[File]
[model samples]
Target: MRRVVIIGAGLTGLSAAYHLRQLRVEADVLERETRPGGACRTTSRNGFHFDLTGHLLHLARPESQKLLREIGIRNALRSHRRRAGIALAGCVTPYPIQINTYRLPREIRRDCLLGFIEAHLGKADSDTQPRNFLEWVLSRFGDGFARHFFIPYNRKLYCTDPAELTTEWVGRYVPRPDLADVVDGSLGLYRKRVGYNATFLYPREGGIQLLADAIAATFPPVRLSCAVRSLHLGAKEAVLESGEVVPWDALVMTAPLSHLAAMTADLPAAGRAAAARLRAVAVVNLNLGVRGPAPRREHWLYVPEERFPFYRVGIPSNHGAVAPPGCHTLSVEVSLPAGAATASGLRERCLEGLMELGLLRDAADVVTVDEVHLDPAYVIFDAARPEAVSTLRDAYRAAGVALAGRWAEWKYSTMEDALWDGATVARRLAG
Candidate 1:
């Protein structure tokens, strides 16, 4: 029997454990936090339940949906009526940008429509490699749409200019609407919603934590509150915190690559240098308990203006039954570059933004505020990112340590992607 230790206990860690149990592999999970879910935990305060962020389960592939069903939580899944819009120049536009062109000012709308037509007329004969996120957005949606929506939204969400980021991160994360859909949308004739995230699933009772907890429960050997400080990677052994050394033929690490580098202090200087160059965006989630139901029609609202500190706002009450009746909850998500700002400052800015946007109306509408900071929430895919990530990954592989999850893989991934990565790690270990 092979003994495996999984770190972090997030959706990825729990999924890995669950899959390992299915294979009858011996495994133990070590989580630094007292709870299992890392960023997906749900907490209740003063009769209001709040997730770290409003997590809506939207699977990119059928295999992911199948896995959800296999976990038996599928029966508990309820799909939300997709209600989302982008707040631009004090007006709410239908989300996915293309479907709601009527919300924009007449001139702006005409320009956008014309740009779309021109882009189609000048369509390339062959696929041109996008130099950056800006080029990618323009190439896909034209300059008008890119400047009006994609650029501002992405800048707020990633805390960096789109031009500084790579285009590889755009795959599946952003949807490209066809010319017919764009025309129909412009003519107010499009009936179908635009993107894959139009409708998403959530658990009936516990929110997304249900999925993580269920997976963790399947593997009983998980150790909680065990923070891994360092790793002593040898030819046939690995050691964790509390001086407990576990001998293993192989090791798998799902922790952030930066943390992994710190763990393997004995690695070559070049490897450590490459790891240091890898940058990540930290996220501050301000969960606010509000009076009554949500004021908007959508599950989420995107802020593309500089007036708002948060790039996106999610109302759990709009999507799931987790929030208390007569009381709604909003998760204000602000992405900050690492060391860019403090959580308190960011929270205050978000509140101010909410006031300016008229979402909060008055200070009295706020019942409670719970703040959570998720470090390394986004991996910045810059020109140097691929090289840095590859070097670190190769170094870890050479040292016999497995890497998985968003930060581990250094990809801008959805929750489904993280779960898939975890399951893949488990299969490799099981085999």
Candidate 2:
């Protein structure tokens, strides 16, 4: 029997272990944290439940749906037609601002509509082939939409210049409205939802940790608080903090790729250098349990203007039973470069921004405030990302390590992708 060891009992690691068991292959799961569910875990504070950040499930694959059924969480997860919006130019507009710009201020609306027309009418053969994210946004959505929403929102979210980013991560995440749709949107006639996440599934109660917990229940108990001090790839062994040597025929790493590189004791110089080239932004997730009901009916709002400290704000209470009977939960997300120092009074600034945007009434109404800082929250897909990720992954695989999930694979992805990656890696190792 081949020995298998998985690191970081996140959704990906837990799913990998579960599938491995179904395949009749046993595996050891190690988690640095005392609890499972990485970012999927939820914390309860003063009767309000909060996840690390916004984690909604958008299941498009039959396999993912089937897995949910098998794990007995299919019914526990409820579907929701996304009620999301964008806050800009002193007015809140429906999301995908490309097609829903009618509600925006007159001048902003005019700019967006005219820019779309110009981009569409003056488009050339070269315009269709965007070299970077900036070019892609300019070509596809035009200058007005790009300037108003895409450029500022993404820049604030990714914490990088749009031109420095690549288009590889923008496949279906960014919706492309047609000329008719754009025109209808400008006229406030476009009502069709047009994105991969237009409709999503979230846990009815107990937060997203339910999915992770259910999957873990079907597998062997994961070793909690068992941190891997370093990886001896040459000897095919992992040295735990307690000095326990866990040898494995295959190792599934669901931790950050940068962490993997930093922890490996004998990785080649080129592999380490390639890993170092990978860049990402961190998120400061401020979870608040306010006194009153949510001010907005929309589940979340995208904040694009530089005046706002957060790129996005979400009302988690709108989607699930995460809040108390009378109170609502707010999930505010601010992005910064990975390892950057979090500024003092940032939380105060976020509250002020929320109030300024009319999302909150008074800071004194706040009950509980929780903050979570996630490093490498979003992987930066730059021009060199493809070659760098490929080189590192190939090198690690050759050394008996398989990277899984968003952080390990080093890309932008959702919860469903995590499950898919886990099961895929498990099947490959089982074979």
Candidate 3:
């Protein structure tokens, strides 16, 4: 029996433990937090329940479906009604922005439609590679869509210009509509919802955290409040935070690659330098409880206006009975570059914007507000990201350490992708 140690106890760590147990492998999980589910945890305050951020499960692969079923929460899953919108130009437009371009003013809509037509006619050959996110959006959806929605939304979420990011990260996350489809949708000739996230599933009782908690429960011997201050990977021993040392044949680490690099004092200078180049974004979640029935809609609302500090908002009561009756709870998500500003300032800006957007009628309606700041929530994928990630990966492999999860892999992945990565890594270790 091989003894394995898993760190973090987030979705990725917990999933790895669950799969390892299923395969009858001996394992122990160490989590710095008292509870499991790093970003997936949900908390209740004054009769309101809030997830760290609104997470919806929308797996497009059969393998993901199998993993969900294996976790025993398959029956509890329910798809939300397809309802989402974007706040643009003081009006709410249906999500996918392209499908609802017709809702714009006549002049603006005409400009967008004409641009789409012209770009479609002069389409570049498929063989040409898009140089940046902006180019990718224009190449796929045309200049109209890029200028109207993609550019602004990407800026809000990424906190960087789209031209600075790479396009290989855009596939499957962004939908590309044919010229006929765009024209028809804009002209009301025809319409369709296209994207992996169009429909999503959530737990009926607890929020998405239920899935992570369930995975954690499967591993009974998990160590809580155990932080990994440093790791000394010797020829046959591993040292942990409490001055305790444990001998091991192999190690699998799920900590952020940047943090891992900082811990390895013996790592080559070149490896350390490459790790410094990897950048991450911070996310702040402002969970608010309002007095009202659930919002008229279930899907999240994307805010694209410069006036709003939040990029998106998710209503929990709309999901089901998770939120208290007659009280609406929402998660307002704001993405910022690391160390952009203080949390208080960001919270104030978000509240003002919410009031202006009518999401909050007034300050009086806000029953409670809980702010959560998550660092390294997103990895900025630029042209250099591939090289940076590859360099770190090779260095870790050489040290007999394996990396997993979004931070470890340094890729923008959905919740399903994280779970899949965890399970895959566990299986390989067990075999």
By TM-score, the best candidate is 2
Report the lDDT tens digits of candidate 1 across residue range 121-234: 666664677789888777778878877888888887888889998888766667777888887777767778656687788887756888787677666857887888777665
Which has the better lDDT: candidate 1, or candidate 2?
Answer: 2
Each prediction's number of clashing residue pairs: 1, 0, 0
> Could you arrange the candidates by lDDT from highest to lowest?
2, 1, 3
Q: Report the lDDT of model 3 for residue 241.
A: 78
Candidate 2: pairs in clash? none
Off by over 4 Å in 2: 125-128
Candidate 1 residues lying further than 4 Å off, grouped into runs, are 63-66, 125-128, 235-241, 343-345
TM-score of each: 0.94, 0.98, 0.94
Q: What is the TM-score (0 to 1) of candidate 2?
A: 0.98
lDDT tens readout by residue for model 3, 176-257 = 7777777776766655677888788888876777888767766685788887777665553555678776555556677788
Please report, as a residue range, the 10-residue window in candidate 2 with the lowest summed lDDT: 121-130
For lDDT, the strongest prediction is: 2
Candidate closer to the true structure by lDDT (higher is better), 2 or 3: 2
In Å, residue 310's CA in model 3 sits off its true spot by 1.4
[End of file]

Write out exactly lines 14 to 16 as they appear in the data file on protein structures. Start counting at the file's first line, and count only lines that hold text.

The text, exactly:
> Could you arrange the candidates by lDDT from highest to lowest?
2, 1, 3
Q: Report the lDDT of model 3 for residue 241.